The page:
In the Annals of Internal Medicine, Charlene Wong and colleagues, including David Asch, Tom Baker, Robert Town, and Raina Merchant, survey young adults on ways to improve the HealthCare.gov insurance selection process. Participants explained their thinking in real time as they used the website and made decisions about health insurance. Challenges that they expressed included poor understanding of health insurance terms that were inadequately explained on the website. Although participants expressed their preferred plan benefits, they had difficulty matching plans with their...
Insurance Plan Presentation and Decision Support on HealthCare.gov and State-Based Web Sites Created for the Affordable Care Act
In the Annals of Internal Medicine, Charlene Wong and colleagues, including Daniel Polsky, Robert Town, and Tom Baker, assess the presentation of insurance plans as well as the availability of consumer decision aids on Healthcare.gov and state-based health insurance marketplaces. The authors examined HealthCare.gov and all state-based marketplaces during the first and second open enrollment periods. They collected information on what consumers would see while they were “window shopping” (before creating an account) and “real shopping” (after creating an account). The authors find...
News reports indicate that consumers may see some welcome changes when they enroll or re-enroll in a health insurance plan on HealthCare.gov on November 1. They should expect to see an upgraded web site with new tools to help them window shop and choose the best plans for them.
What are the chances of getting 101 prominent U.S. economists and health policy experts to agree on something? It seems the embattled Cadillac tax, a key provision of the Affordable Care Act (ACA) that taxes employers for high-cost insurance plans and takes effect in 2018, may have achieved the impossible.
While the Affordable Care Act has achieved a second victory before the Supreme Court and produced significant coverage gains, it might also have produced a less positive outcome: in an NBER working paper, Penn LDI colleagues Mark Pauly, Adam Leive and Scott Harrington found that a large portion of non-poor (measured by income above 138% of the poverty level) who gained coverage now have a higher financial burden and lower welfare (well-being) than when they were uninsured.
With a price tag of $1,000 per pill and $84,000 for a 12-week course of Sovaldi (sofosbuvir), Gilead Sciences prompted widespread concern about whether its new treatment for hepatitis C (HCV) would bankrupt public and private payers. These concerns were particularly significant for state Medicaid programs, which face both limited state budgets and high HCV prevalence among beneficiaries.
In Cancer, Stacey Fedewa and colleagues, including Chyke Doubeni, investigate whether the cost-sharing provision of the Affordable Care Act (ACA), which aimed to reduce financial barriers for preventive services, affected the prevalence of screening for certain cancers. The research looks specifically at the rates of screening for colorectal cancer and breast cancer among the privately insured and Medicare-enrolled adults of varying socioeconomic status (SES). It uses data from the National Health Interview Survey from 2008 and 2013. The authors find that the rate of screening for...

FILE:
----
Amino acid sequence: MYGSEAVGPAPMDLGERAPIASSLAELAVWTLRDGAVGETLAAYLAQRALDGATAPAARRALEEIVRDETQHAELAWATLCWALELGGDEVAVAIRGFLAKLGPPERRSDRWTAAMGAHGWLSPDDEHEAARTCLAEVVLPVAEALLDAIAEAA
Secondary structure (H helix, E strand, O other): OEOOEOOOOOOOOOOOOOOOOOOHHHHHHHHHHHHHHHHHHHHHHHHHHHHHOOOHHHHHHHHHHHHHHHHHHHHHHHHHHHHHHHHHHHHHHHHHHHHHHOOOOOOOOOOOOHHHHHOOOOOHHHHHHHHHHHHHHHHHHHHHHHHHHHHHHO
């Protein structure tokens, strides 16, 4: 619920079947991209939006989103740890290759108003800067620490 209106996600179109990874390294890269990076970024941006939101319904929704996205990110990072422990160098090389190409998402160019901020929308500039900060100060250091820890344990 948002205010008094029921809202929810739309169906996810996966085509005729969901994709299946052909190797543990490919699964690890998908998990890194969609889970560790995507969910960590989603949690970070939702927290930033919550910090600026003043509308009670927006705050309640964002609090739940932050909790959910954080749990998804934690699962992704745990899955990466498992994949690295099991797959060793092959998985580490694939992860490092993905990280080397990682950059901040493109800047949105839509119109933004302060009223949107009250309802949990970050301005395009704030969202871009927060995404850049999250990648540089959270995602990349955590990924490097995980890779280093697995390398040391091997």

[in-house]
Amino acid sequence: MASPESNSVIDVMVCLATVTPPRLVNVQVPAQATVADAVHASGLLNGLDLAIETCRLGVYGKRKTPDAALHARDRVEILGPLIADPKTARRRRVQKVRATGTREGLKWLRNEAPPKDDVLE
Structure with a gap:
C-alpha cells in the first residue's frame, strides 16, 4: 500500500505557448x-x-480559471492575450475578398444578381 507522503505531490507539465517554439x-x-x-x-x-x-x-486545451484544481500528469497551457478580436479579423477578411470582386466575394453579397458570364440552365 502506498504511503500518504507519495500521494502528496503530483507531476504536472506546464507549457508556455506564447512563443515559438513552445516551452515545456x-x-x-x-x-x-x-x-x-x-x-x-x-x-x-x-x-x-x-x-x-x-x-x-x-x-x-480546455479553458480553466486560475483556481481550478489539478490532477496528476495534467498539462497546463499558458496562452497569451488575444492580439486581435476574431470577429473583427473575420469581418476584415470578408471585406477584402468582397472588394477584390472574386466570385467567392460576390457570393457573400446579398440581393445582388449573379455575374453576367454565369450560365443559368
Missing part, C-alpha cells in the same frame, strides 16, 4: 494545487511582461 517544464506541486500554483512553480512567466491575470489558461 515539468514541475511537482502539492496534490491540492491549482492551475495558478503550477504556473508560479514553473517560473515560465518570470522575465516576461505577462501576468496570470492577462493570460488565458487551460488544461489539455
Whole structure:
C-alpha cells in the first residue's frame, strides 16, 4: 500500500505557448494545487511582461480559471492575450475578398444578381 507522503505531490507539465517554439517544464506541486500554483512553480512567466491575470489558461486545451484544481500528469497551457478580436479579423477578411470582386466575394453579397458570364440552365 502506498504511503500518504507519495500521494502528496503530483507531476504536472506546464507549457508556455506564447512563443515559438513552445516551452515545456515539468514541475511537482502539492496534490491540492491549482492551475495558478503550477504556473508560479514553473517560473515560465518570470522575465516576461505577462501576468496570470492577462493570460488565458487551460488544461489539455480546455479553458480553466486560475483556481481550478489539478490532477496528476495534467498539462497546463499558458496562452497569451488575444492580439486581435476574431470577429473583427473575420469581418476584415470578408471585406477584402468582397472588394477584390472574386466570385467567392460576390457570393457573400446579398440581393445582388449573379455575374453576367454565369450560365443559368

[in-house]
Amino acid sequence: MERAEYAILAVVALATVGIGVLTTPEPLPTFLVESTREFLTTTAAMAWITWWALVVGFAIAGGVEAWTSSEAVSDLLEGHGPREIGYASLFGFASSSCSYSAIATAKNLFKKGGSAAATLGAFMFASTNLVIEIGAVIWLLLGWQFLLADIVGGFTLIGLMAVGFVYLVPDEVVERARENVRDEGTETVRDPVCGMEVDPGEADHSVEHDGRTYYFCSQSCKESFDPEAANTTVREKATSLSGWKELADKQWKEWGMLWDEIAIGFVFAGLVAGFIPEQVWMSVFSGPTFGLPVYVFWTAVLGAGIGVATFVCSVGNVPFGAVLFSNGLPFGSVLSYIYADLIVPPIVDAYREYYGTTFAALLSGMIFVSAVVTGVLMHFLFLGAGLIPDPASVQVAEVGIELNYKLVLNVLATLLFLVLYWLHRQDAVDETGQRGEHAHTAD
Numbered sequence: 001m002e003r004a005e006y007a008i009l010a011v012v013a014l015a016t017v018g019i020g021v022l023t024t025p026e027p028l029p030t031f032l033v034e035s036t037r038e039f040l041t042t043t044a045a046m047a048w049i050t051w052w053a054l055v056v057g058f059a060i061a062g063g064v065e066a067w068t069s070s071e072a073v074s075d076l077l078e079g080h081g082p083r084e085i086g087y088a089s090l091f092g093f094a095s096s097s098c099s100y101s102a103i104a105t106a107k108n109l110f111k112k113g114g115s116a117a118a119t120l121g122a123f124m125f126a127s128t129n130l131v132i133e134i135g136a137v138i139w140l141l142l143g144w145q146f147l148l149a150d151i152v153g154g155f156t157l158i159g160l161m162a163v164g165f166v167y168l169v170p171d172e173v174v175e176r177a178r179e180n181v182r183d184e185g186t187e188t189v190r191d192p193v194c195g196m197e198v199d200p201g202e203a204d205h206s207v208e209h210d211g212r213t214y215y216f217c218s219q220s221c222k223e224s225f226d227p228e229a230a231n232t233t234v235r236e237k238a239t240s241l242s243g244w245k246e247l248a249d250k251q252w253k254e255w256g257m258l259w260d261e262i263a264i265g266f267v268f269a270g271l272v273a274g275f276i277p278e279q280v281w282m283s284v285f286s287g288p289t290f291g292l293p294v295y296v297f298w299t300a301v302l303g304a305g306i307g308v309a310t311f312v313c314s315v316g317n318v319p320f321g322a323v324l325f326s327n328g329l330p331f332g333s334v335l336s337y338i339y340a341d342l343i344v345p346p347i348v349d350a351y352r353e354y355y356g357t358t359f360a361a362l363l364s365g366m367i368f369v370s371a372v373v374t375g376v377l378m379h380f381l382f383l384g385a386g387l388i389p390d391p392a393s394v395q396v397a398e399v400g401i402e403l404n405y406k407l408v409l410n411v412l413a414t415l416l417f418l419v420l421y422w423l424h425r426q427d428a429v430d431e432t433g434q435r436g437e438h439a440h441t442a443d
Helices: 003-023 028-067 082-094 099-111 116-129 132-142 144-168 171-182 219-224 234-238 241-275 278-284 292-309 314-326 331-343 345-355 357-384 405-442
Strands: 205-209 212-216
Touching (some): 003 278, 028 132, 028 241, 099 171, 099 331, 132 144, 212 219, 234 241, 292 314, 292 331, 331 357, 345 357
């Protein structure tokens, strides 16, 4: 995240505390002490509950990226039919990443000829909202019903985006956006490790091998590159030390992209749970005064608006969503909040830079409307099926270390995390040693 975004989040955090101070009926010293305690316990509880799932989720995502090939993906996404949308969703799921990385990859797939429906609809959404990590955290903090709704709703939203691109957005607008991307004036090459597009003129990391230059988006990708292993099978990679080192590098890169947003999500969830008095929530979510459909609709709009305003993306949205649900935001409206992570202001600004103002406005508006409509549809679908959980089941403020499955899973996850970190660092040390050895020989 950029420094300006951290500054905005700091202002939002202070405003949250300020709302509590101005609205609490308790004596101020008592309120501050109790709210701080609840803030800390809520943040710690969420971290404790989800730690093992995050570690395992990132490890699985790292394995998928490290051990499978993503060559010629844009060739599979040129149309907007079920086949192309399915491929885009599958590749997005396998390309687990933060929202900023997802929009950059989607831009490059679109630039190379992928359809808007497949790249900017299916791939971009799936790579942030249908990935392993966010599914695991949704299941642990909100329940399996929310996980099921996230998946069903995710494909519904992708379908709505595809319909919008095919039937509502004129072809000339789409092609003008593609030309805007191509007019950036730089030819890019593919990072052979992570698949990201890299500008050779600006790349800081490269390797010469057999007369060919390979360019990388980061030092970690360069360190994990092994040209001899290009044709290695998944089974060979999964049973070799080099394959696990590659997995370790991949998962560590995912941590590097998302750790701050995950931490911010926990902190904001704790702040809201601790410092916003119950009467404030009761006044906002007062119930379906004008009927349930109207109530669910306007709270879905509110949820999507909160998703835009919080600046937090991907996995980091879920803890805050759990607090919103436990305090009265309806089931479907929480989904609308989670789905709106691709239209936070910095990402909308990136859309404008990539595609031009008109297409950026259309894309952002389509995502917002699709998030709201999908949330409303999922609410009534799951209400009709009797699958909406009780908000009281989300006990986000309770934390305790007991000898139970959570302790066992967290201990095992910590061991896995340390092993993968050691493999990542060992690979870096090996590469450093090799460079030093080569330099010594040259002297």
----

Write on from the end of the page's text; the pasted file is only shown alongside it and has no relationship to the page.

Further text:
Expanding health coverage and reducing disparities in uninsured populations is an important part of the Affordable Care Act (ACA). Will this ensure access to health services as well as improve the health of minority populations? That’s less clear.
In June, we presented national data from one of the first attempts to measure the size of provider networks in plans sold on the health
insurance marketplaces. We used simple “T-shirt” sizes to categorize networks in a way that could help consumers quickly grasp the
choices they were making. In this Data Brief, we present network sizes summarized up to the level of the state and the rating area.
This analysis should help regulators and consumers assess and understand the trade-off between premiums and network size as we
enter the next open enrollment period.
[cross-posted with US News]
In June, we described the first attempt to measure, in a consumer-friendly way, the breadth of physician networks offered by all silver plans on the 2014 health insurance marketplaces. We estimated network size based on the fraction of office-based physicians participating in the network within relevant rating areas in the state. We categorized networks using "T-shirt" sizes: x-small (less than 10%), small (10%-25%), medium (25%-40%), large (40%-60%), and x-large (more than 60%). We found that nationally, 41% of all networks were either “small” or “x-small”.
In the beginning (Web Site 1.0), we measured the success of health insurance marketplace sites by whether they worked. Last year (Web Site 2.0), technical glitches were resolved, and we can start to measure success by whether the sites help people make the best decisions in choosing a health plan.
cross-posted with US News
Health insurers are merging everywhere you turn in the newly reformed and more heavily regulated health insurance system. Anthem announced last week it will buy insurance giant Cigna for over $54 billion, acquiring more than 53 million new patients. And Aetna, earlier this month, announced its agreement to buy Humana, the nation’s fifth-largest health insurer.